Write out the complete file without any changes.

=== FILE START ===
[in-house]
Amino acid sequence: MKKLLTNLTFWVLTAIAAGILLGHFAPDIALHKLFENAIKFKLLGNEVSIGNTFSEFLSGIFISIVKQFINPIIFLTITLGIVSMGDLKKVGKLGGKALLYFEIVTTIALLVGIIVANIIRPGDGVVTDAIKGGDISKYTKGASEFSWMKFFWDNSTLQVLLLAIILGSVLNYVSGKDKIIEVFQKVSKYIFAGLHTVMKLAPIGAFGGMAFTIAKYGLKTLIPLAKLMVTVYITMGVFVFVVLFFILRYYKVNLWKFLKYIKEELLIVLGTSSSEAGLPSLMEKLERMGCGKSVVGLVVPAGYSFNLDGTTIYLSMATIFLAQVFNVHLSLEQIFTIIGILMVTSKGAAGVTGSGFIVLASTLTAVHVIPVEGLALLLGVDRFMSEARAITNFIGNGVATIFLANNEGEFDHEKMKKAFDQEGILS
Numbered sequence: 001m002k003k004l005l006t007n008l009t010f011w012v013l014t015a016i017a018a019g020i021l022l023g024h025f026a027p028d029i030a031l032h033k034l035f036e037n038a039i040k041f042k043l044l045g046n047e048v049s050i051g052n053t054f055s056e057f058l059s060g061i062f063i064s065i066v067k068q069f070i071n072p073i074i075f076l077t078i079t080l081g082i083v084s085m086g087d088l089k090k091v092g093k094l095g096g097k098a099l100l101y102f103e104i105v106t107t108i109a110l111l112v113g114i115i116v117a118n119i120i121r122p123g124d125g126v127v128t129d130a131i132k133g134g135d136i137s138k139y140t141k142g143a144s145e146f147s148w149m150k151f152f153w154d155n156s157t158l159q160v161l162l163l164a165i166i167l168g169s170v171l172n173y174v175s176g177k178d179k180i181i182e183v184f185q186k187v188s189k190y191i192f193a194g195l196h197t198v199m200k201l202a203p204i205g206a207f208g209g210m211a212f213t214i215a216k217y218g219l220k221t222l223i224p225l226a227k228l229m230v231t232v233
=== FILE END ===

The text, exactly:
[in-house]
Amino acid sequence: MKKLLTNLTFWVLTAIAAGILLGHFAPDIALHKLFENAIKFKLLGNEVSIGNTFSEFLSGIFISIVKQFINPIIFLTITLGIVSMGDLKKVGKLGGKALLYFEIVTTIALLVGIIVANIIRPGDGVVTDAIKGGDISKYTKGASEFSWMKFFWDNSTLQVLLLAIILGSVLNYVSGKDKIIEVFQKVSKYIFAGLHTVMKLAPIGAFGGMAFTIAKYGLKTLIPLAKLMVTVYITMGVFVFVVLFFILRYYKVNLWKFLKYIKEELLIVLGTSSSEAGLPSLMEKLERMGCGKSVVGLVVPAGYSFNLDGTTIYLSMATIFLAQVFNVHLSLEQIFTIIGILMVTSKGAAGVTGSGFIVLASTLTAVHVIPVEGLALLLGVDRFMSEARAITNFIGNGVATIFLANNEGEFDHEKMKKAFDQEGILS
Numbered sequence: 001m002k003k004l005l006t007n008l009t010f011w012v013l014t015a016i017a018a019g020i021l022l023g024h025f026a027p028d029i030a031l032h033k034l035f036e037n038a039i040k041f042k043l044l045g046n047e048v049s050i051g052n053t054f055s056e057f058l059s060g061i062f063i064s065i066v067k068q069f070i071n072p073i074i075f076l077t078i079t080l081g082i083v084s085m086g087d088l089k090k091v092g093k094l095g096g097k098a099l100l101y102f103e104i105v106t107t108i109a110l111l112v113g114i115i116v117a118n119i120i121r122p123g124d125g126v127v128t129d130a131i132k133g134g135d136i137s138k139y140t141k142g143a144s145e146f147s148w149m150k151f152f153w154d155n156s157t158l159q160v161l162l163l164a165i166i167l168g169s170v171l172n173y174v175s176g177k178d179k180i181i182e183v184f185q186k187v188s189k190y191i192f193a194g195l196h197t198v199m200k201l202a203p204i205g206a207f208g209g210m211a212f213t214i215a216k217y218g219l220k221t222l223i224p225l226a227k228l229m230v231t232v233